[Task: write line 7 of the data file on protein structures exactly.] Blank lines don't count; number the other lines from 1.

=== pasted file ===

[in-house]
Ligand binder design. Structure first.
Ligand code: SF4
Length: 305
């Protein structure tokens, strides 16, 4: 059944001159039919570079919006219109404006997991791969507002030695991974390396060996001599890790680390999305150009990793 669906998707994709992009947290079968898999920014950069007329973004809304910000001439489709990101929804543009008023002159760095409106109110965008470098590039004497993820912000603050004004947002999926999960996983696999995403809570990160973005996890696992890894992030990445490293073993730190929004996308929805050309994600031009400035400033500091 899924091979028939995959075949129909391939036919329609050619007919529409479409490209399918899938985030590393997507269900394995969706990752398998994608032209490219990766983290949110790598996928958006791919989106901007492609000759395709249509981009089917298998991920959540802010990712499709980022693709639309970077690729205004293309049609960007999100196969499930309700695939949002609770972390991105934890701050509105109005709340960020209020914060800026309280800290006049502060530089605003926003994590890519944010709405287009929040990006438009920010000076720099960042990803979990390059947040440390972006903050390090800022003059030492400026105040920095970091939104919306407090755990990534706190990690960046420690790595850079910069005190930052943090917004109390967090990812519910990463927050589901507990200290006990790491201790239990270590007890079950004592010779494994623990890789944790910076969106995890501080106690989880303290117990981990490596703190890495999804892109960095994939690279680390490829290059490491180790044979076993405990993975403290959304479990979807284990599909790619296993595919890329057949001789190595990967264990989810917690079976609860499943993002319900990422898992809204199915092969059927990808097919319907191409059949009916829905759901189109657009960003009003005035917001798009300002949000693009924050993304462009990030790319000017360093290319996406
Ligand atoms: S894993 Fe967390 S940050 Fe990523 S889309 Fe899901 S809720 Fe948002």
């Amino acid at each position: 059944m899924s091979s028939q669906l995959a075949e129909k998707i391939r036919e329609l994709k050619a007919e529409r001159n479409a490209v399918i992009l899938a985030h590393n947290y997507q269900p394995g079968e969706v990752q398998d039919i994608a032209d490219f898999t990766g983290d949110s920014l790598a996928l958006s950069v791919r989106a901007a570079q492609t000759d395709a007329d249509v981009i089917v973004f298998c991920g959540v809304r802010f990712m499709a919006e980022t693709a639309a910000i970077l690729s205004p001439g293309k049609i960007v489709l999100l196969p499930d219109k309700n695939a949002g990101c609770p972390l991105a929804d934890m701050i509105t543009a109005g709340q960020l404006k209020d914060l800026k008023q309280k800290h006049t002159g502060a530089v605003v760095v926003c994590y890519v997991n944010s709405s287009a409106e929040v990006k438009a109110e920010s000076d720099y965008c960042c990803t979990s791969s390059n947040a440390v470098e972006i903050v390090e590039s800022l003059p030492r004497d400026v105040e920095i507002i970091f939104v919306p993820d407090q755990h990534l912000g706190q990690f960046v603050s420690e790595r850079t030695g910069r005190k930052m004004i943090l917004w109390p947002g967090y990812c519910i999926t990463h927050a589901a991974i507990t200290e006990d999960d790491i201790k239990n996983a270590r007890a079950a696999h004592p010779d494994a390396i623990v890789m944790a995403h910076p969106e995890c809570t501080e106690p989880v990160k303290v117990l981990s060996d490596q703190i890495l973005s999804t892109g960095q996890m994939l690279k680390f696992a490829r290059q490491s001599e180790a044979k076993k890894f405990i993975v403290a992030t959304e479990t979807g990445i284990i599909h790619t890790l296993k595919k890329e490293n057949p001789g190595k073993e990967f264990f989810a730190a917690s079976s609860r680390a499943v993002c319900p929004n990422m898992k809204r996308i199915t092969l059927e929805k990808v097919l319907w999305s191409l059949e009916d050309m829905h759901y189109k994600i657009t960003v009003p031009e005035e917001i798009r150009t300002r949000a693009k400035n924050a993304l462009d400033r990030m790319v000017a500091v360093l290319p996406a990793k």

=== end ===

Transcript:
């Amino acid at each position: 059944m899924s091979s028939q669906l995959a075949e129909k998707i391939r036919e329609l994709k050619a007919e529409r001159n479409a490209v399918i992009l899938a985030h590393n947290y997507q269900p394995g079968e969706v990752q398998d039919i994608a032209d490219f898999t990766g983290d949110s920014l790598a996928l958006s950069v791919r989106a901007a570079q492609t000759d395709a007329d249509v981009i089917v973004f298998c991920g959540v809304r802010f990712m499709a919006e980022t693709a639309a910000i970077l690729s205004p001439g293309k049609i960007v489709l999100l196969p499930d219109k309700n695939a949002g990101c609770p972390l991105a929804d934890m701050i509105t543009a109005g709340q960020l404006k209020d914060l800026k008023q309280k800290h006049t002159g502060a530089v605003v760095v926003c994590y890519v997991n944010s709405s287009a409106e929040v990006k438009a109110e920010s000076d720099y965008c960042c990803t979990s791969s390059n947040a440390v470098e972006i903050v390090e590039s800022l003059p030492r004497d400026v105040e920095i507002i970091f939104v919306p993820d407090q755990h990534l912000g706190q990690f960046v603050s420690e790595r850079t030695g910069r005190k930052m004004i943090l917004w109390p947002g967090y990812c519910i999926t990463h927050a589901a991974i507990t200290e006990d999960d790491i201790k239990n996983a270590r007890a079950a696999h004592p010779d494994a390396i623990v890789m944790a995403h910076p969106e995890c809570t501080e106690p989880v990160k303290v117990l981990s060996d490596q703190i890495l973005s999804t892109g960095q996890m994939l690279k680390f696992a490829r290059q490491s001599e180790a044979k076993k890894f405990i993975v403290a992030t959304e479990t979807g990445i284990i599909h790619t890790l296993k595919k890329e490293n057949p001789g190595k073993e990967f264990f989810a730190a917690s079976s609860r680390a499943v993002c319900p929004n990422m898992k809204r996308i199915t092969l059927e929805k990808v097919l319907w999305s191409l059949e009916d050309m829905h759901y189109k994600i657009t960003v009003p031009e005035e917001i798009r150009t300002r949000a693009k400035n924050a993304l462009d400033r990030m790319v000017a500091v360093l290319p996406a990793k």